O’Brien later identified Cook in a photo of him posing with “MAGA propagandist” Ali Alexander, who also goes by the name Ali Akbar and, like Cook, is on the Trump family’s radar — the president’s son, Donald Trump Jr., drew criticism last summer for sharing a tweet of Alexander’s that said Senator Kamala Harris was “not an American Black.”
Cook did not appear happy with the exposure. Responding to another tweet by O’Brien accusing him of concealing his real name so that he could “stoke harassment against the press” without consequence, Cook said, “Logan Cook wants to protect his family from violent losers, such as yourself and those who follow you.
“After you released my name one of your followers sent me pictures of my house with threatening messages,” he went on. “That same account was followed and retweeted by the Dayton Shooter” — an apparent reference to a mass shooter who just days before had killed nine people in Ohio.
O’Brien disputed this claim, pointing to a tweet from Cook of one of the apparent pictures that he said did not match the appearance of his house in live-streamed videos in which it was visible. After Cook accused O’Brien of “releasing my name” and falsely suggested the reporter had encouraged Antifa followers to go after him, O’Brien said he became the victim of targeted harassment by Cook’s supporters. According to O’Brien, this culminated in someone who “called me up and threatened to come to my house that night and murder me” and then do the same to his parents, whose address had been posted on the extremist-infested message board 8chan, because the caller believed O’Brien had doxed Cook. O’Brien said he reported the harassment to Twitter and the FBI, but neither did anything.
Videos Cook has made, as well as others he’s promoted on a website he launched last year called Meme World, have repeatedly attacked the media, sometimes using violent imagery. His Twitter account was suspended last year after sharing a clip from a spaghetti western edited to show Trump slapping and then shooting CNN White House correspondent Jim Acosta.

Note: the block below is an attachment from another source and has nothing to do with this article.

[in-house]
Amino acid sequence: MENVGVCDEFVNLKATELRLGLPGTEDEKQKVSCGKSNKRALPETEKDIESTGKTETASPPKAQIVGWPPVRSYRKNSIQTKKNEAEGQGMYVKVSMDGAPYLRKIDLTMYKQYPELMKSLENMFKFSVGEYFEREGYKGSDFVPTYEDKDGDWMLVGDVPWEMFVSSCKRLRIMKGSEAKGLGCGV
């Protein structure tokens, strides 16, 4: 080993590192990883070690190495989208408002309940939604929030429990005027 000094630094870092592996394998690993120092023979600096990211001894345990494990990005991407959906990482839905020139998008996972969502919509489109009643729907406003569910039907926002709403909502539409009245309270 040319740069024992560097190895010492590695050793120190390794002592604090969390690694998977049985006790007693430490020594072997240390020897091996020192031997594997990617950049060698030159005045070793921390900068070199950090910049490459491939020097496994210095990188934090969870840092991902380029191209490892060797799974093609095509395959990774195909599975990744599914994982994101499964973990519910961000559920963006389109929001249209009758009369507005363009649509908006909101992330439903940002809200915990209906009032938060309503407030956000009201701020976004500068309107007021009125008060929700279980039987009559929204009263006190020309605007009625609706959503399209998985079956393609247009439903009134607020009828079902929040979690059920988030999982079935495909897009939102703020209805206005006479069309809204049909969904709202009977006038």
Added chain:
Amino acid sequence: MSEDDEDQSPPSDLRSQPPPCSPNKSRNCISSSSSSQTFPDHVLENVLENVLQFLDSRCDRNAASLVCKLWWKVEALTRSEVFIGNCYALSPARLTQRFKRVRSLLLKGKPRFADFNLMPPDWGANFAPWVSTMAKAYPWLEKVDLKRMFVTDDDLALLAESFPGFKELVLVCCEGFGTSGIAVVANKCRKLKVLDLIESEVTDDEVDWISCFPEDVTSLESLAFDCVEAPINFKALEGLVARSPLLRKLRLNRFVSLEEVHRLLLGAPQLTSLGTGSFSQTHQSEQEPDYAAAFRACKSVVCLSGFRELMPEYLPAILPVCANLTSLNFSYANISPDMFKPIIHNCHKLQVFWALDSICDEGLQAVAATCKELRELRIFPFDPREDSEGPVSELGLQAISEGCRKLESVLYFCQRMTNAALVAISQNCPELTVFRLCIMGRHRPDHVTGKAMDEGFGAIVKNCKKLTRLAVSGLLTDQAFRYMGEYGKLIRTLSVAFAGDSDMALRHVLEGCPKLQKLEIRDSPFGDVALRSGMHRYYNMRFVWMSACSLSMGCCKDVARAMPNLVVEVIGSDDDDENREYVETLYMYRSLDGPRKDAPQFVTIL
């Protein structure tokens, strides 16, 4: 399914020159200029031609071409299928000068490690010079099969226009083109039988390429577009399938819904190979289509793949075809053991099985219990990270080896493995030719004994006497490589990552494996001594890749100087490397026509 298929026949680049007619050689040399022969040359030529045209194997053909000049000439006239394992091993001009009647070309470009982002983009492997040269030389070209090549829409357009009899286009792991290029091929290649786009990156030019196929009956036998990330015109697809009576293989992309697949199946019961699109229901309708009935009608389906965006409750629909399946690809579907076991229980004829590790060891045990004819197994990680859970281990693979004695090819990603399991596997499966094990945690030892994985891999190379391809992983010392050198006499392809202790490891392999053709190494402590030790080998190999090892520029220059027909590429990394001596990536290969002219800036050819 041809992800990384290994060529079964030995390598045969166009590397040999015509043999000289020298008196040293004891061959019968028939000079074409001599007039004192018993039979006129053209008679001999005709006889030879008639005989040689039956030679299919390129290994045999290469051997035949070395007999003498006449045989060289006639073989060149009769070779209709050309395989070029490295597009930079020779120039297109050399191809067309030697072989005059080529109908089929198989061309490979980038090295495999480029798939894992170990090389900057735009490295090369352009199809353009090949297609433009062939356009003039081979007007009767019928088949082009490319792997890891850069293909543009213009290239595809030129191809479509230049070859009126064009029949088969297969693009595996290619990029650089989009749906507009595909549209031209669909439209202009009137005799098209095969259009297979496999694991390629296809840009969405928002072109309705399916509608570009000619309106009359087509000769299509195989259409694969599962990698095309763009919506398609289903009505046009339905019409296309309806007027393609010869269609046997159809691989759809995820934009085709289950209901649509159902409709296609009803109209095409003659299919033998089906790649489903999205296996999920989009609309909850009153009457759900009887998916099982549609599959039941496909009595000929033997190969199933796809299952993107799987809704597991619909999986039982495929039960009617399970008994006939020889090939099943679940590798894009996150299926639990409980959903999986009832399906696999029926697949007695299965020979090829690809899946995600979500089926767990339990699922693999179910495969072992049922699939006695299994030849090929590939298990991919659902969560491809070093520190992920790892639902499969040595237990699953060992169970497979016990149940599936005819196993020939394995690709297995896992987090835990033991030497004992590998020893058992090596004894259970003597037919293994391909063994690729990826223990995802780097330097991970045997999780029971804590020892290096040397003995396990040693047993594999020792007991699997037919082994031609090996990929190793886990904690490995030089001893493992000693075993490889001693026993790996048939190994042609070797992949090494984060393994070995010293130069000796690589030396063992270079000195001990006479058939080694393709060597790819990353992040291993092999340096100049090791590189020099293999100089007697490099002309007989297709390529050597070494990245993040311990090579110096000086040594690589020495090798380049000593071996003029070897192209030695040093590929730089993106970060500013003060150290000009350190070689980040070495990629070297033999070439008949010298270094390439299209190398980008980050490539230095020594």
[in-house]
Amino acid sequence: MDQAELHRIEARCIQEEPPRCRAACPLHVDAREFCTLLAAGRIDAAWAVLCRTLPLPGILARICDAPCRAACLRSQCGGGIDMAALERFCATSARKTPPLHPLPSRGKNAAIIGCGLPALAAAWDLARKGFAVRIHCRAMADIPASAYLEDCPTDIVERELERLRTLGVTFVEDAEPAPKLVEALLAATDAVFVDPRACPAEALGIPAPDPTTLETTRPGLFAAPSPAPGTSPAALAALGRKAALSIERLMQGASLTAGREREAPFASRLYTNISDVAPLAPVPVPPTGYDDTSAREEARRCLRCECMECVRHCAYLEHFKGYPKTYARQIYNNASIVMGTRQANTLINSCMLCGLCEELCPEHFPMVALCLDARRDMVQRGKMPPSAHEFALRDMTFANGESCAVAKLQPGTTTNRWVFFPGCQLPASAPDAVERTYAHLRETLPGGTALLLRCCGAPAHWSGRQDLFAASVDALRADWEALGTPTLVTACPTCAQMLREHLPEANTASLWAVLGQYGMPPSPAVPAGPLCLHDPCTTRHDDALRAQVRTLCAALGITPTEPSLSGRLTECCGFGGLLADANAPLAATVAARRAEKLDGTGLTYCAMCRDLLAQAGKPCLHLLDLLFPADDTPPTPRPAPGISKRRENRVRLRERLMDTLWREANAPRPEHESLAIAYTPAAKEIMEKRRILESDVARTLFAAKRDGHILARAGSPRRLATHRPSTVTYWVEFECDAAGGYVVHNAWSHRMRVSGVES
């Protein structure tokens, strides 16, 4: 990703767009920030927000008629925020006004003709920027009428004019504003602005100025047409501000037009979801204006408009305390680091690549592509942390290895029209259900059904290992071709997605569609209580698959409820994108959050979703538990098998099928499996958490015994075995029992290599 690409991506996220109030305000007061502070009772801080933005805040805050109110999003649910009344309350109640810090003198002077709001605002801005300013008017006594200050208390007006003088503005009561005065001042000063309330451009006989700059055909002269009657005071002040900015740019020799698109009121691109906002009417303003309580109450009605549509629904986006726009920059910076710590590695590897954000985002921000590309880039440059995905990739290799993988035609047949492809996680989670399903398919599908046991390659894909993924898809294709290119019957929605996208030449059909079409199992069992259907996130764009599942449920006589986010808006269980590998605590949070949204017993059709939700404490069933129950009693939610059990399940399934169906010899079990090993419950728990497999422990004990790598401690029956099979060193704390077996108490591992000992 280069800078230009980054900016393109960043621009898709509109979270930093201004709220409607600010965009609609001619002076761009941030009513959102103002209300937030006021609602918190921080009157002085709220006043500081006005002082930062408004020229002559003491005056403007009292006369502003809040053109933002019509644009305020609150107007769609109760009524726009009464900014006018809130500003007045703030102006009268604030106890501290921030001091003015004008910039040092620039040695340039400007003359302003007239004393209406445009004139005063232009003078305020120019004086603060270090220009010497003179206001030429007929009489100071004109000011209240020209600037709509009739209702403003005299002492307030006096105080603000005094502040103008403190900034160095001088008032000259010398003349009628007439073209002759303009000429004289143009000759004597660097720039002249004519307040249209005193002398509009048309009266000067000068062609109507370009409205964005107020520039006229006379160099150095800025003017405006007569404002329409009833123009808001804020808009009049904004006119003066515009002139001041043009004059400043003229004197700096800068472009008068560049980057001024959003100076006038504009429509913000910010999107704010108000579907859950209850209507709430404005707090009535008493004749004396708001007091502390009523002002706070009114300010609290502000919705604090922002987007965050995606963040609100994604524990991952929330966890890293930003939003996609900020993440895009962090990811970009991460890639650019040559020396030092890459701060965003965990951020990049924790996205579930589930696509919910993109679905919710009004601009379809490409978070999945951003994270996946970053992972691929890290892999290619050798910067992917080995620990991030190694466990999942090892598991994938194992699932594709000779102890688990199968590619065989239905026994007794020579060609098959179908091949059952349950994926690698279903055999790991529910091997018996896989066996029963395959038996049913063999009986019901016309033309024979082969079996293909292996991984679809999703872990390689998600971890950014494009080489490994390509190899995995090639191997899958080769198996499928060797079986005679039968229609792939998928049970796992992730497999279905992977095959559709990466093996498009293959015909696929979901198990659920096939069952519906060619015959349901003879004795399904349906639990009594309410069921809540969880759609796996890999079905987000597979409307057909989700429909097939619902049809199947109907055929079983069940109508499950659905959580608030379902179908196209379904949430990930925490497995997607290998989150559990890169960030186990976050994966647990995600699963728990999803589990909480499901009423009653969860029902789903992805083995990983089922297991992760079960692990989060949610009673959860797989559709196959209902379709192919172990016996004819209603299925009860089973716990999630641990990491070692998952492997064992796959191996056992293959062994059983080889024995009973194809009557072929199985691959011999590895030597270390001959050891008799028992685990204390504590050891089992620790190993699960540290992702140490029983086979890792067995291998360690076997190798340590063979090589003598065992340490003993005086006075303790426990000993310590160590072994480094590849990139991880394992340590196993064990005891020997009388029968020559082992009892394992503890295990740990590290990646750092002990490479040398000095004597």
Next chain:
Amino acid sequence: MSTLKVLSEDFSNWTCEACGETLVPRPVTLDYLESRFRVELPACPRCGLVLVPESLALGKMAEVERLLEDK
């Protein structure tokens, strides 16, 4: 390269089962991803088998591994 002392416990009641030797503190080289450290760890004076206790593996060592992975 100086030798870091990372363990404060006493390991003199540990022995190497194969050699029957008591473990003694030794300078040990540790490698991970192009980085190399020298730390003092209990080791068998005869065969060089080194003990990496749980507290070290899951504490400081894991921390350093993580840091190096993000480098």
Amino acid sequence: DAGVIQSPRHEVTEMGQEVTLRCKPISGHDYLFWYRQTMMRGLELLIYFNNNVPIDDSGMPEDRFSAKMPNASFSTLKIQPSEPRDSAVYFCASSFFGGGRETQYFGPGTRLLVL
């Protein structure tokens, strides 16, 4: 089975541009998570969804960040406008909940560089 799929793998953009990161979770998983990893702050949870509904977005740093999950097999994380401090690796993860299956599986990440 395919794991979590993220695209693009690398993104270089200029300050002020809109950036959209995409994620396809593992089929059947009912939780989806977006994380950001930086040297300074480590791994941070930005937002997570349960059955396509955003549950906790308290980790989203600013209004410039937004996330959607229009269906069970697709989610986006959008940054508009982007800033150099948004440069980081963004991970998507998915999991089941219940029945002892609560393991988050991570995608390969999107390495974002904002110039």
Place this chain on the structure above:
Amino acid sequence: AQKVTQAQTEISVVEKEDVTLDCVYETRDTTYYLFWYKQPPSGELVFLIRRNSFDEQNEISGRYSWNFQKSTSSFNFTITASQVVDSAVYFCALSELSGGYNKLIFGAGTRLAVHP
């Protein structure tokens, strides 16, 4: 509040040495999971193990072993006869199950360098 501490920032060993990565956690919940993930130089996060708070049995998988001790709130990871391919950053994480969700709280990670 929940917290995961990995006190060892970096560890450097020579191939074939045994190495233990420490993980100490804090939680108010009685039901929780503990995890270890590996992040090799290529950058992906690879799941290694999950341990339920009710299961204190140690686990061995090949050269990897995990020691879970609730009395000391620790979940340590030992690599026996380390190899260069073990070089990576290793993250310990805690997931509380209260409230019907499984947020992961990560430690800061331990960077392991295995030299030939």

Another video, created by a Meme World contributor who goes by the name TheGeekzTeam, altered a scene from the 2014 film Kingsman: The Secret Service. The video depicted “a macabre scene of a fake President Trump shooting, stabbing and brutally assaulting members of the news media and his political opponents,” as The New York Times described it in an article revealing that it had been shown at a recent conference held for supporters of the president at his Miami resort. (Cook dismissed the controversy in a message posted on Meme World.)
Cook’s racist baby video that Trump tweeted on Thursday ended with a message targeting the media with words rather than bullets: “AMERICA IS NOT THE PROBLEM. FAKE NEWS IS. IF YOU SEE SOMETHING, SAY SOMETHING. ONLY YOU CAN PREVENT FAKE NEWS DUMPSTER FIRES.”
“If you see something, say something” is also an anti-terrorism motto used by the Department of Homeland Security after 9/11 and adopted for display on billboards and various public transportation systems in cities around the country. Because of how many Americans associate race with crime, the campaigns led to concerns about the potential consequences of innocent people being reported as suspicious to law enforcement.
“CNN did cover this story — exactly as it happened,” the news channel’s PR outfit responded after Trump shared Cook’s racist baby video, in a tweet that also criticized the president for demanding that a recent CNN poll showing him trailing Joe Biden be retracted. “Just as we reported your positions on race (and poll numbers). We’ll continue working with facts rather than tweeting fake videos that exploit innocent children. We invite you to do the same. Be better.”